Paul writes that Christ is the “end of the law” (NASB) [“τέλος γὰρ νόμου Χριστὸς” (GNT)] (Romans 10:4). This is not a very straightforward phrase, because “τέλος” could mean several different things.
Is Christ the end of the law, as in, the goal of the law? A similar usage to the Westminster confession’s first statement “the chief end of man” meaning the very purpose and direction in which something is supposed to act. In this interpretation the law convicts men of their sin, without providing the solution, because Christ is that solution.
Is Christ the end of the law, as in, the illustrative or thematic culmination of the law? This would be a covenantal, Biblical theology type answer where the various parts of the OT law were retrospectively indicative of various parts of Christ’s atonement. For example the “end” of the priestly class is Christ, the “end” of the ritual sacrifices is Christ, the “end” of ceremonial uncleanliness is Christ, etc.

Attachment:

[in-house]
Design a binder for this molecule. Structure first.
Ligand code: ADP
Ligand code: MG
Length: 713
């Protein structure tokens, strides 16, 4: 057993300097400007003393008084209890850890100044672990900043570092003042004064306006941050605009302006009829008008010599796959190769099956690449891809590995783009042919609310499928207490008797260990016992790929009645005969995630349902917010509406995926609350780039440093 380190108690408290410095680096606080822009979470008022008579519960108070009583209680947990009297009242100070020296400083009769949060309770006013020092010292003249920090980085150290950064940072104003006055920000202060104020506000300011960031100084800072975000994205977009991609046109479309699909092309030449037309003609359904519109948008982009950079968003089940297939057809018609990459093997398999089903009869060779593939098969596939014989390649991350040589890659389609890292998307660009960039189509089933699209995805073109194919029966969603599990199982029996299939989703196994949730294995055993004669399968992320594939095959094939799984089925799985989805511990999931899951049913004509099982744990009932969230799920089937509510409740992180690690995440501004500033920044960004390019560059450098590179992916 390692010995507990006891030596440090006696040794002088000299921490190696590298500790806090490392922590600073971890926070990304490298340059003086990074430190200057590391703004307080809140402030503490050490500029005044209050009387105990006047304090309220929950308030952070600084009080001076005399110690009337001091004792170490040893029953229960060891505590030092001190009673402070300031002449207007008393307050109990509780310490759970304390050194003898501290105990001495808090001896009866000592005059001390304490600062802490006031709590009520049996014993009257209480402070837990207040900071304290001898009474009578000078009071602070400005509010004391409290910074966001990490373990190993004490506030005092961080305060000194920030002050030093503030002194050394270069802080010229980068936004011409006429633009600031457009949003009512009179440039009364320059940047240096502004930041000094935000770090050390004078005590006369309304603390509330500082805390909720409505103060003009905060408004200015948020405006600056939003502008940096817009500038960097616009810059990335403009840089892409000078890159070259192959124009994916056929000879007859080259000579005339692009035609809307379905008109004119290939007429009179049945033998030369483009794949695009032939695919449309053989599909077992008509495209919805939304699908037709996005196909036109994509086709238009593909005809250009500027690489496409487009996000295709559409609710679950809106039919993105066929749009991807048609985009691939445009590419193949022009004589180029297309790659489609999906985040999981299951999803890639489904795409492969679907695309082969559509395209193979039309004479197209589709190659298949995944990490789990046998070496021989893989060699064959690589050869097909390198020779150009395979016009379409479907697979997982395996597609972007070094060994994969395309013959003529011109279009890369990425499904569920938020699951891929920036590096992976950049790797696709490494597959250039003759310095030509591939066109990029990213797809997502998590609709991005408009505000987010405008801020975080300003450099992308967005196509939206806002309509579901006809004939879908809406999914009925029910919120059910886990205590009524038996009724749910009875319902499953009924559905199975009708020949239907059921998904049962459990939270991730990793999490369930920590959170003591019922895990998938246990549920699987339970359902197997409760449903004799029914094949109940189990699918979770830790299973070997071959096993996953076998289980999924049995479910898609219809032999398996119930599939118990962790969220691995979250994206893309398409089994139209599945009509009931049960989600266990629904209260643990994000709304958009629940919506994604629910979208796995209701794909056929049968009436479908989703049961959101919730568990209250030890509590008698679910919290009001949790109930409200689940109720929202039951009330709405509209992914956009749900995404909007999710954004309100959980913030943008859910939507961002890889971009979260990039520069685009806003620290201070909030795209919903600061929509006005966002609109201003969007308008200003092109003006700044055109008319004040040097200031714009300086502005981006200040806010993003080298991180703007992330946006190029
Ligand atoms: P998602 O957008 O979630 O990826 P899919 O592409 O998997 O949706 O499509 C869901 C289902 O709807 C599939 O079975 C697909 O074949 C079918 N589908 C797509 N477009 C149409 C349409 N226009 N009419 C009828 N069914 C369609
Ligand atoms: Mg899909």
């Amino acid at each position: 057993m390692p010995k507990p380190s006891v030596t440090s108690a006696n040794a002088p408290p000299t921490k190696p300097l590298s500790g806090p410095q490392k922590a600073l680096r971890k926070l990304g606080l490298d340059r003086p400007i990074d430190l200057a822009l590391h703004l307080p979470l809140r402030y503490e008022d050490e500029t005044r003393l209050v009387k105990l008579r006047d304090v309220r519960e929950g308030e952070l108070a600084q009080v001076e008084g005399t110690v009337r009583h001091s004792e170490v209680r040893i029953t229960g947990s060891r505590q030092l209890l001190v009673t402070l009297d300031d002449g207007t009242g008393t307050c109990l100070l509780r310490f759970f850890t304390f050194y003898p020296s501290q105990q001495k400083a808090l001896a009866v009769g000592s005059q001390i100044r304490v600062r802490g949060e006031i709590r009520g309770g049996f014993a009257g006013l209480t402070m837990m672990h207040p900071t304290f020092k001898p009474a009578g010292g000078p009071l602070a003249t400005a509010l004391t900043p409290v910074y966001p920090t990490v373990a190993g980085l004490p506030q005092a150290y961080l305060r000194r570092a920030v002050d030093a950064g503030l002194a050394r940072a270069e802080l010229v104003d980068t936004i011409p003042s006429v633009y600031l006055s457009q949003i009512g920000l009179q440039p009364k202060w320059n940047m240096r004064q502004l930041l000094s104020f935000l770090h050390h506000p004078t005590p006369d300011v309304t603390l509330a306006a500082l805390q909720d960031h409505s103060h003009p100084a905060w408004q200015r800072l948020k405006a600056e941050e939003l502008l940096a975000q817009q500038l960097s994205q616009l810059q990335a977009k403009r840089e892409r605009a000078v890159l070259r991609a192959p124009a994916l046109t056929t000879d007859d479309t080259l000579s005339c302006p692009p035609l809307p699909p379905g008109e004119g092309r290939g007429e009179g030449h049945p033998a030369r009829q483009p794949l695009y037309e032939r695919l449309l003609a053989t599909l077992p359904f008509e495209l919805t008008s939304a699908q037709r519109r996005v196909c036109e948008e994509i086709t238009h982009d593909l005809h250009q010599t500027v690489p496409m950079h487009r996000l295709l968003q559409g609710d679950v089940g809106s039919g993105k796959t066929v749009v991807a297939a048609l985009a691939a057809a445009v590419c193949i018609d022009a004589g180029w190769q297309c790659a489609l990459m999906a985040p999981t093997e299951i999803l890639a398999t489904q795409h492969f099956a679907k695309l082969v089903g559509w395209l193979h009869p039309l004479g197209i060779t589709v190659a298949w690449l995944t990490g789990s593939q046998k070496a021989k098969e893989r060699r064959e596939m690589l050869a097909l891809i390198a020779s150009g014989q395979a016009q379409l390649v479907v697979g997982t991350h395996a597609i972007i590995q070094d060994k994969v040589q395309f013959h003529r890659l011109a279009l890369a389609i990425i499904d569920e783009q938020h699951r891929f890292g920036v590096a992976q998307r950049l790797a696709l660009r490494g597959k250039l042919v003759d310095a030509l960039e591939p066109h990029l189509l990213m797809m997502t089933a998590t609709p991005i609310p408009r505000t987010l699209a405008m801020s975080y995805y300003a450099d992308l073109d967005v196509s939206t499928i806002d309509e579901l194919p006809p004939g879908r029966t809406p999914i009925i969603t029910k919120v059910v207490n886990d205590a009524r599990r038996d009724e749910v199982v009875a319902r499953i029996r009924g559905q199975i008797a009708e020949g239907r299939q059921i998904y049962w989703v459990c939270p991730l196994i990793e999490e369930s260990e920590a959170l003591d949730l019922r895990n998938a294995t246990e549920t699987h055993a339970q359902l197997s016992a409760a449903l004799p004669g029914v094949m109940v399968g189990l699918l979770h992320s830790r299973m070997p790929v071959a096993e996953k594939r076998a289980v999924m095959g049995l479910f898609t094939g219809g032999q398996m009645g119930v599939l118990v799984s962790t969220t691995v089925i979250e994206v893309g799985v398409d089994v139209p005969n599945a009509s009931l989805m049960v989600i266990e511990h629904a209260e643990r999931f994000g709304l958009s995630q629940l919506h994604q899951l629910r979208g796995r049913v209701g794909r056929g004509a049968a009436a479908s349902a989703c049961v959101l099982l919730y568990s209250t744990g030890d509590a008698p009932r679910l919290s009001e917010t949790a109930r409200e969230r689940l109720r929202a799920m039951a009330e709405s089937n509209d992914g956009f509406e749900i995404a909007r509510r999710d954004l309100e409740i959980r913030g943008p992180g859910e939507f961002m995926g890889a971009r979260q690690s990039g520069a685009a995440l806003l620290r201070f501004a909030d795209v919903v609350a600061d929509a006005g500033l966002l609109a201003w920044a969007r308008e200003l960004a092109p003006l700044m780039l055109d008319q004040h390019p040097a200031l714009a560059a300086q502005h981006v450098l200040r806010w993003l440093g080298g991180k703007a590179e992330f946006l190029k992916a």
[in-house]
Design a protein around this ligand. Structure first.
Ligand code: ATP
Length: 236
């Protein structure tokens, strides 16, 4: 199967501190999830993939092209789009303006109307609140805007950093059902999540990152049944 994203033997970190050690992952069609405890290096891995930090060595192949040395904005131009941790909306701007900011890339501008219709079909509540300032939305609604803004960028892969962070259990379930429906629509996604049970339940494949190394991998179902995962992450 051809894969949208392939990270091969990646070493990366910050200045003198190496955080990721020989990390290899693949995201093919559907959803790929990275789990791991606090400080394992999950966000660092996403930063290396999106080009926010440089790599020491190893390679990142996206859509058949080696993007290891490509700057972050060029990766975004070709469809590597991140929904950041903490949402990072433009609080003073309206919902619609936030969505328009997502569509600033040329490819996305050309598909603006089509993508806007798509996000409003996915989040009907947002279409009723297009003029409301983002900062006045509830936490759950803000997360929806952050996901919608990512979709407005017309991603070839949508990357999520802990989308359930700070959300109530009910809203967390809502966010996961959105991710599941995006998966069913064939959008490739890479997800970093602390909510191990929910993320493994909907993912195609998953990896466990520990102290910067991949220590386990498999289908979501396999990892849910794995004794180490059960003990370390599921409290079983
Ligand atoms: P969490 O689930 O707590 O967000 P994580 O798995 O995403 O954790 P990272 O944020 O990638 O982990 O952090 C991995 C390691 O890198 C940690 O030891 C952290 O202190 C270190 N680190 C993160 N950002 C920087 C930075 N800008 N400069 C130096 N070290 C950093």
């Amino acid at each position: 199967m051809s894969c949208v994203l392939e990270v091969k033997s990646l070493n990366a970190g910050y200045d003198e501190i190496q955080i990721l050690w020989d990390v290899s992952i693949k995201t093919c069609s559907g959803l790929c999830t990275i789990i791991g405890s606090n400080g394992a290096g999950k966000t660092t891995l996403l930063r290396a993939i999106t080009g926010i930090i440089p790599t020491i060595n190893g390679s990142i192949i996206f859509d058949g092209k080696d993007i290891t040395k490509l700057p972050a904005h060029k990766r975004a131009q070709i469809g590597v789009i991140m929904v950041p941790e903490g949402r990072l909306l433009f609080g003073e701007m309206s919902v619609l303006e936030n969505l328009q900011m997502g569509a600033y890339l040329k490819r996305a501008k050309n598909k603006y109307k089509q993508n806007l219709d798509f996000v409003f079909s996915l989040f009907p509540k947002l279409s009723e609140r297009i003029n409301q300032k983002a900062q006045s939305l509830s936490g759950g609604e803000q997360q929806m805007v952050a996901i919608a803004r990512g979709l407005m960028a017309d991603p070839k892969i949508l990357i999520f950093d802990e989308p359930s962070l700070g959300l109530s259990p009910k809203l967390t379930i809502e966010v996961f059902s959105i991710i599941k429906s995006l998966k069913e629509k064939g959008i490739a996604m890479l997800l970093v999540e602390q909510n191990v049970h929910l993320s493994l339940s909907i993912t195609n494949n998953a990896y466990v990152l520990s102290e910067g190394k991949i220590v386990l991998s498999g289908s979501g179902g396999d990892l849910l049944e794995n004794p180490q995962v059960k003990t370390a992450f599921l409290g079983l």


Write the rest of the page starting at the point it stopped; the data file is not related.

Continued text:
Is Christ the end of the law, as in, he terminates the law? S Lewis Johnson interprets this to mean that “the old order, the legal age, is done away in Christ, even as a hypothetical means of salvation (no one could be saved by the Law, for all men are sinners, Christ excluded; cf. Gal. 3:10, 11, 12),” and claims that this is likely the force of the text.
If the third interpretation is correct (which it seems to me for those reasons and also from the context of verses 1-4), then doesn’t that directly contradict the other NT statements that the Law will never pass away, that Christ came not to abolish the law but to fulfill it, and so on? I am thinking in particular of Matthew 5:17-20. Does Paul’s statement on the Law not oppose Christ’s, and if not, how do I understand both of them?
From study notes by S Lewis Johnson.